The Katha Upanishad
Nachiketa said: That which you see as other than righteousness and unrighteousness, other than all this cause and effect, other than what has been and what is to be−tell me that. Yama said: The goal which all the Vedas declare, which all austerities aim at and which men desire when they lead the life of continence, I will tell you briefly: it is Om. This syllable Om is indeed Brahman. This syllable is the Highest. Whosoever knows this syllable obtains all that he desires. This is the best support; this is the highest support. Whosoever knows this support is adored in the world of Brahma. The knowing Self is not born; It does not die. It has not sprung from anything; nothing has sprung from It. Birthless, eternal, everlasting and ancient, It is not killed when the body is killed.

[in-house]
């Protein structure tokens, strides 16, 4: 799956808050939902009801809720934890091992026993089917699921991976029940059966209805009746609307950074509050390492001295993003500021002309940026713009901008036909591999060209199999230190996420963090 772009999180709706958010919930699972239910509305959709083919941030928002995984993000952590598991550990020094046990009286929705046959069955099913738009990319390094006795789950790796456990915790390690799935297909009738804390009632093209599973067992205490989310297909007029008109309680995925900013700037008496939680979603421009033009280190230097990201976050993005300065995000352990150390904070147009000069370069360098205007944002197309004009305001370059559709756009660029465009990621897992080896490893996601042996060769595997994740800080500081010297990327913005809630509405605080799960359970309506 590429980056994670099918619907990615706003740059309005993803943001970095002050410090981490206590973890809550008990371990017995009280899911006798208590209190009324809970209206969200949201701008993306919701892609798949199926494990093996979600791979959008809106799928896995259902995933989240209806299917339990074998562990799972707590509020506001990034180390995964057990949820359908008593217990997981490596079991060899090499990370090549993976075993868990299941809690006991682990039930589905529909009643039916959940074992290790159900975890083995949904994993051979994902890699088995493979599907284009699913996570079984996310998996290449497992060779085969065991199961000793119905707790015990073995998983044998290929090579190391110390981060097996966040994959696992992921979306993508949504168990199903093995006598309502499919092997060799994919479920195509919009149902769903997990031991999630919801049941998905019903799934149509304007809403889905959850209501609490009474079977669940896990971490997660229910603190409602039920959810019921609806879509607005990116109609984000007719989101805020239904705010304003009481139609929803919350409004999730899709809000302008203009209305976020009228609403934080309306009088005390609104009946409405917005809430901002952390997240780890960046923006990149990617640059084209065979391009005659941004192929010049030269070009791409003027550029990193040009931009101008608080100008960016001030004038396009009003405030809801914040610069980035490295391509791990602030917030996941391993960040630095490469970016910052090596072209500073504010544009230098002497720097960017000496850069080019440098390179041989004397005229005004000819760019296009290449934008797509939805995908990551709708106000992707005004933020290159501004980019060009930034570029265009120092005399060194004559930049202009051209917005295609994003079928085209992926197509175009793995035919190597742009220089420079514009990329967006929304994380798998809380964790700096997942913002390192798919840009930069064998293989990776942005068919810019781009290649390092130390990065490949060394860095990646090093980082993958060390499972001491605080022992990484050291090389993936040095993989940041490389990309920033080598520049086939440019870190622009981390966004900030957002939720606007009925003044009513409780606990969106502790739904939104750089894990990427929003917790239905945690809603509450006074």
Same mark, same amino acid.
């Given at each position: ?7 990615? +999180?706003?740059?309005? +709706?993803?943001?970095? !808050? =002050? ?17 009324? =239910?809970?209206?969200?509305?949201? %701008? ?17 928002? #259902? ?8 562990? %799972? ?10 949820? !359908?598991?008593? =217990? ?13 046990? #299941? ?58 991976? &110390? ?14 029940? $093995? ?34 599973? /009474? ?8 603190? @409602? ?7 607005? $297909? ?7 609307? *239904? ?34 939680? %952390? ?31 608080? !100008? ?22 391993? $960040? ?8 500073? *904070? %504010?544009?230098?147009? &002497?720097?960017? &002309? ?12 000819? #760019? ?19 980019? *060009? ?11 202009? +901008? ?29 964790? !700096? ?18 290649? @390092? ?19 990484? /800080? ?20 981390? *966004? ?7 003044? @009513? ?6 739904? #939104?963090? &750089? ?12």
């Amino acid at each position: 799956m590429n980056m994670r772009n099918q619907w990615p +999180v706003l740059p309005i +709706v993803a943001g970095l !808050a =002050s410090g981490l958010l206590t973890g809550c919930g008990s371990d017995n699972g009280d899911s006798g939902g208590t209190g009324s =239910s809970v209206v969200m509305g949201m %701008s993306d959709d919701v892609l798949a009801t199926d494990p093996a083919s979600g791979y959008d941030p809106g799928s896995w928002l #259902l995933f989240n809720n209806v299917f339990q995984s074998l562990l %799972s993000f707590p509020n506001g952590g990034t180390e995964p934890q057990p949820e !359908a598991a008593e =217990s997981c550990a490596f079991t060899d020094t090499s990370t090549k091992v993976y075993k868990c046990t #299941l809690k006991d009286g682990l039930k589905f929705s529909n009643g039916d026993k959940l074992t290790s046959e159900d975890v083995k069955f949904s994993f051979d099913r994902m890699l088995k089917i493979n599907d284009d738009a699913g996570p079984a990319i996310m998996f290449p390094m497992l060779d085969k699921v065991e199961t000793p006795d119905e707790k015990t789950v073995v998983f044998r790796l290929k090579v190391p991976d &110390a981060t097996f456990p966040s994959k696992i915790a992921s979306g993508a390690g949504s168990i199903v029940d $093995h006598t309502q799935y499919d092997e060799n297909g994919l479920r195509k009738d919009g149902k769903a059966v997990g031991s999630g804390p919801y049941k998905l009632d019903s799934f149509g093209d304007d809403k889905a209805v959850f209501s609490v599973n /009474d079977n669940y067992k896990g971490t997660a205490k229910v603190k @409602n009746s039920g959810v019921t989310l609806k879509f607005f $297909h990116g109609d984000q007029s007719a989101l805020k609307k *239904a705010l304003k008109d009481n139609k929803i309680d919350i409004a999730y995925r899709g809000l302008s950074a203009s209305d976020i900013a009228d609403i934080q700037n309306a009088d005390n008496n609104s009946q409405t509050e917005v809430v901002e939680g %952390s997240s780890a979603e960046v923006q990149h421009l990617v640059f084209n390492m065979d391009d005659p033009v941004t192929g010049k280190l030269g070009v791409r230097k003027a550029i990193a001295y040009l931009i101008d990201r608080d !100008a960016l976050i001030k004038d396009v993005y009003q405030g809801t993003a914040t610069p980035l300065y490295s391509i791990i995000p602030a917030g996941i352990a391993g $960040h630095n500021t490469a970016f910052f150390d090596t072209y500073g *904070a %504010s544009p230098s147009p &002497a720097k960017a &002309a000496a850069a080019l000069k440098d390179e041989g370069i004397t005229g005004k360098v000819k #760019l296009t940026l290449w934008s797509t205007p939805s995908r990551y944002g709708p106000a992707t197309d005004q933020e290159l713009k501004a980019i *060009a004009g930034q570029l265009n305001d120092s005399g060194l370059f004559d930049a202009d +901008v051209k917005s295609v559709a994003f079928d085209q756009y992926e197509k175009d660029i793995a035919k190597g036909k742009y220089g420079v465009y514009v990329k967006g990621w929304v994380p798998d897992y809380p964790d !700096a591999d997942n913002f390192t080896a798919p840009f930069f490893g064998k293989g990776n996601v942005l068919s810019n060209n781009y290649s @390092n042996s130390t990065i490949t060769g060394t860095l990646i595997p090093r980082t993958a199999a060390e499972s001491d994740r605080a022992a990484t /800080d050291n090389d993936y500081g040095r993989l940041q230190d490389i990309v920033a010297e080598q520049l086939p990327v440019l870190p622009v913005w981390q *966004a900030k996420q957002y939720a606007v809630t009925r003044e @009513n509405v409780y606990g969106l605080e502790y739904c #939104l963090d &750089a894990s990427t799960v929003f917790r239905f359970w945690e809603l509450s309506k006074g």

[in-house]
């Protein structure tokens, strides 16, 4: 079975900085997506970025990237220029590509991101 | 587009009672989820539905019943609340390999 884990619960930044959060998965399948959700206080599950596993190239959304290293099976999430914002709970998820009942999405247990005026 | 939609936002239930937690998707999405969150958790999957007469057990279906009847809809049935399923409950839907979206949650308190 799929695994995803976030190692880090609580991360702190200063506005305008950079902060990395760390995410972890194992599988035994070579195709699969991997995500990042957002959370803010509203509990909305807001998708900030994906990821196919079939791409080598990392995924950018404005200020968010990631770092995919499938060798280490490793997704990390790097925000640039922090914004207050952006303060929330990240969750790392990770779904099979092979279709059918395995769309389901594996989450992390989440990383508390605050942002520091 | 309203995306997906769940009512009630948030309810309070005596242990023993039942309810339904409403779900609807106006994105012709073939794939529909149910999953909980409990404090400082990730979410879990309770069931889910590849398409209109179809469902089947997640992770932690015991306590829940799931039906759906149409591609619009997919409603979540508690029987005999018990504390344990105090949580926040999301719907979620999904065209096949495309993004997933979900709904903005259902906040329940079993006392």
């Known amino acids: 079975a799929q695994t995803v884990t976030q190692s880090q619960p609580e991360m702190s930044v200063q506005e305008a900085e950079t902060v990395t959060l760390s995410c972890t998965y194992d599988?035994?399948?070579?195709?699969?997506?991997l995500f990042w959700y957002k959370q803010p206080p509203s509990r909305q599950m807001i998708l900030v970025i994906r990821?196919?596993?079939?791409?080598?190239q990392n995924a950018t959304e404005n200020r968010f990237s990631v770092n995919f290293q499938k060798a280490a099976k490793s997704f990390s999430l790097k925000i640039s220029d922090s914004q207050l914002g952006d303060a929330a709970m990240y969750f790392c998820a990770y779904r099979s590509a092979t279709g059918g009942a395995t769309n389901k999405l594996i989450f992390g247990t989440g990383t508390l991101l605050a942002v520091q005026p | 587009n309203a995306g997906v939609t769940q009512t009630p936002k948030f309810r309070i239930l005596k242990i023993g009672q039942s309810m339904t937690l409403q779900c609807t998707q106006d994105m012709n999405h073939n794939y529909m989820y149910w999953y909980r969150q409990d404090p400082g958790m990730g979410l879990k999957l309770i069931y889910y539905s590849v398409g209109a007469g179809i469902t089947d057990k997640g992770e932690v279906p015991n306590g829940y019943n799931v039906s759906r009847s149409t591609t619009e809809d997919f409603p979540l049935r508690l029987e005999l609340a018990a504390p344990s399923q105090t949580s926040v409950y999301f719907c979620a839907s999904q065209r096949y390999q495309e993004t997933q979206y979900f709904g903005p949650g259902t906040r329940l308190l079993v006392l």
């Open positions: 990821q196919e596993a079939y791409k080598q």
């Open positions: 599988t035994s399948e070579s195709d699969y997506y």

– from the Katha Upanishad
The Katha Upanishad is one of the central Upanishads – ancient Sanskrit scriptures – and tells the story of Nachiketa, a young boy who meets the Hindu god of death, Yama. The conversation that ensues focuses on the nature of man, his soul, and his ultimate fate in the afterlife. The work is an important witness to belief in the existence of the human soul and that self-knowledge is the highest form of happiness in Hinduism – in contrast with the Buddhist assertion that the soul does not exist and that one achieves the greatest happiness in nothingness.